Everyone can access UCL Special Collections digitally or in person. Our collections of rare, unique and historic archives & books cover themes including history of UCL, education, arts and sciences.
- You can search for rare books and other printed material on Explore.
- Archives and manuscripts are found on the Archives Catalogue.
- Search for digitised and digital content on Digital Collections.
For more information and video tutorials on how to use these resources to find material held by UCL Special Collections, learn about Our Collections.
News from our blog
We have been fortunate to host two students on a 50 hour placement from the IOE’s BA in Education Studies, and as their time comes to a close with us, they have written a blog to share their experiences. Both students spent time learning about the Special Collections department before immersing themselves in the delivery of an Outreach project at UCL Academy – an after school club called Illustrate! which explores the use of illustration in our collection of rare books, archives and manuscripts.
For most of recent history, access to the means to read, write, publish and collect texts was restricted to society’s most privileged. Most of the 150,000 rare books that are looked after by UCL Special Collections were donated over the past two centuries by members of the same privileged group. Collecting books is never neutral: the choice to purchase books in a certain discipline, or on specific topics or by particular authors also implies the choice not to purchase other materials.
February 11 is generally accepted as UCL’s ‘birthday’, the date in 1826 of our founding instrument, the Deed of Settlement. This document establishes a society, called ‘The Proprietors of the University of London’, to set up an Institution with the object of ‘affording to young Men … adequate opportunities for obtaining Literary and Scientific Education at a moderate expence’.
The Trades Advisory Council of British Jewry (TAC) was formed in 1938, to counter antisemitism in the sphere of trade. The TAC archives capture the history of fascism and antisemitism in mid-20th century Britain, and the history of those who fought back.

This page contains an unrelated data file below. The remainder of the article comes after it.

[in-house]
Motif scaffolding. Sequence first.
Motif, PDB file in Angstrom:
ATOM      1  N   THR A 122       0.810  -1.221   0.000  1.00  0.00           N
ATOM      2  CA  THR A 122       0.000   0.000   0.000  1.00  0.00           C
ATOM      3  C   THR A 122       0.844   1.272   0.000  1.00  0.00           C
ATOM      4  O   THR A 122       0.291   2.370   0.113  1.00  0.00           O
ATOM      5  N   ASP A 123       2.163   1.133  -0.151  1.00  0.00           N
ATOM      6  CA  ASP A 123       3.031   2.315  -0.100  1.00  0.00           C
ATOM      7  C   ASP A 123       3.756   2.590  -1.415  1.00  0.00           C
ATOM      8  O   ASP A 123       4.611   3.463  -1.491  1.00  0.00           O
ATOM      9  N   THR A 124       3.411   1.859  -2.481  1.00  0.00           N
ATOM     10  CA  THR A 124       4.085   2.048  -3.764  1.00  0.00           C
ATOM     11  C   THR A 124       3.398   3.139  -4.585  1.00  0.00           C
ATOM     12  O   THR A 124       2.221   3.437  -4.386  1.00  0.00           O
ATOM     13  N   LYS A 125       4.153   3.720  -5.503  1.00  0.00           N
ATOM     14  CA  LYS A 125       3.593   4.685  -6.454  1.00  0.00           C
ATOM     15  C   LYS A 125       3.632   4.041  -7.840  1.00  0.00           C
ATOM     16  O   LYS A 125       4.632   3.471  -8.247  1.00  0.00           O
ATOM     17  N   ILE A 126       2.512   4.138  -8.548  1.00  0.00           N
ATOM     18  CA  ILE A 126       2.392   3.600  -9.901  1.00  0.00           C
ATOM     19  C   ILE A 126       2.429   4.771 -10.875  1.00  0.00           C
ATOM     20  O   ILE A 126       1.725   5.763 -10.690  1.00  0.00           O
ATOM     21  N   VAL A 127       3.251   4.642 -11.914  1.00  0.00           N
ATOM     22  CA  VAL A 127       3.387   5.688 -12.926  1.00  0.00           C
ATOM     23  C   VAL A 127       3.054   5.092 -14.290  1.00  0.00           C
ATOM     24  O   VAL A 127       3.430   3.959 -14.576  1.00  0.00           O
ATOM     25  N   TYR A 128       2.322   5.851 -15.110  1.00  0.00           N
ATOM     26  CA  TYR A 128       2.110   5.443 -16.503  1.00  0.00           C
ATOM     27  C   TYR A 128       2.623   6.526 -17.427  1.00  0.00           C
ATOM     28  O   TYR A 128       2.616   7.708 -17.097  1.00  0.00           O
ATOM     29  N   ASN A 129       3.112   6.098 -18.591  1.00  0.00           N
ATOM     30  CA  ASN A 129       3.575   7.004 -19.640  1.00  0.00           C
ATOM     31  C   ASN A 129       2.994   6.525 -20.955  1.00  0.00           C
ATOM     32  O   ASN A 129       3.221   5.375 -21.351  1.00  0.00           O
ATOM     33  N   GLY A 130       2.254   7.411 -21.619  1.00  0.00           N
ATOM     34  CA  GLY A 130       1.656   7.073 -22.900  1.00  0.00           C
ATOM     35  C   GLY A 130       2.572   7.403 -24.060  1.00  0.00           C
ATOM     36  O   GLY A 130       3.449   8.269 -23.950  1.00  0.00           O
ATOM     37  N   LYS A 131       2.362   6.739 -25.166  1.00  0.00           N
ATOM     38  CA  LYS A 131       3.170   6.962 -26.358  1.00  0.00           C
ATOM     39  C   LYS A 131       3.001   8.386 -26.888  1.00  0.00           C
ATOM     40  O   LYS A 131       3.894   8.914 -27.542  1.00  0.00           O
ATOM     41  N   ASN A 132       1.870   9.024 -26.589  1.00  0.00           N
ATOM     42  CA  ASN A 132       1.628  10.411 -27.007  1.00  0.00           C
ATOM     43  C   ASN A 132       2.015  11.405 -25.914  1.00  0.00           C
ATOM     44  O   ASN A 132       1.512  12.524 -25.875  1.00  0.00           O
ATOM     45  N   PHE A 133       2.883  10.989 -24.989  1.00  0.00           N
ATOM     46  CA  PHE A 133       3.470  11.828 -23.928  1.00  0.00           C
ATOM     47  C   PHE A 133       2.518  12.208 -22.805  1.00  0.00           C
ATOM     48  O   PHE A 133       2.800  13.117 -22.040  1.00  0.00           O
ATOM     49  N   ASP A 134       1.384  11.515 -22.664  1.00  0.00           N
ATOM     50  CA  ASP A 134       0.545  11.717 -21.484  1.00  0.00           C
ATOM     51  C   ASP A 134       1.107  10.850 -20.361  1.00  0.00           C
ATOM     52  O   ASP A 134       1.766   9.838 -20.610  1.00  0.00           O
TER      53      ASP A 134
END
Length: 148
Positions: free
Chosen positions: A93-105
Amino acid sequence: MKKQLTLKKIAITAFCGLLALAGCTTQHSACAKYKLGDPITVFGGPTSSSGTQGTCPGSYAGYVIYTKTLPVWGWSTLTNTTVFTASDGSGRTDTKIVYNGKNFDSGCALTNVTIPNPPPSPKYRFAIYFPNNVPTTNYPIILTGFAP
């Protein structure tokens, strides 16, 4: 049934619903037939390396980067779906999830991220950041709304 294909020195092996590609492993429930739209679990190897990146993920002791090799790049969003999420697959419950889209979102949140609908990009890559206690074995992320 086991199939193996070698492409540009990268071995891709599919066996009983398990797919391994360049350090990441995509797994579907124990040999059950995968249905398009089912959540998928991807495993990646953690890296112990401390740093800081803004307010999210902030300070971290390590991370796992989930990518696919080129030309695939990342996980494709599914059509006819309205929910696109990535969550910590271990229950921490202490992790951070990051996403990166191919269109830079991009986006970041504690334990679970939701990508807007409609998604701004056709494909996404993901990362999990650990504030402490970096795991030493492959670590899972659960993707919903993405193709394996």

The Outreach programme at UCL Special Collections delivers free projects for schools and community groups in Camden, Hackney, Tower Hamlets, Newham and Waltham Forest.
We have recently completed an after-school programme with a group of talented young historians at Kelmscott Secondary School in Waltham Forest. While learning how to ‘become an historian’ they decided the following skills were essential:
A Great Historian…
The deadline to apply has been extended till midnight on March 4th!
The New Curators Project is an annual programme run by UCL Special Collections and Newham Heritage Month. It offers 10 young adults in East London the chance to develop the skills and experience needed to start a career in the cultural heritage sector.
Hanukkah, the Jewish festival of light, takes place this year from the evening of 28th November through to the evening of
Hidden in the Institute of Education’s Baines Archives is a small book entitled Gavin’s book of witches (BA/1/9/78).
French Protestants became one of the largest group of immigrants in England from the 16th to the 18th century. A small number of refugees started arriving from the 1520s onwards, especially during periods when persecution increased in France.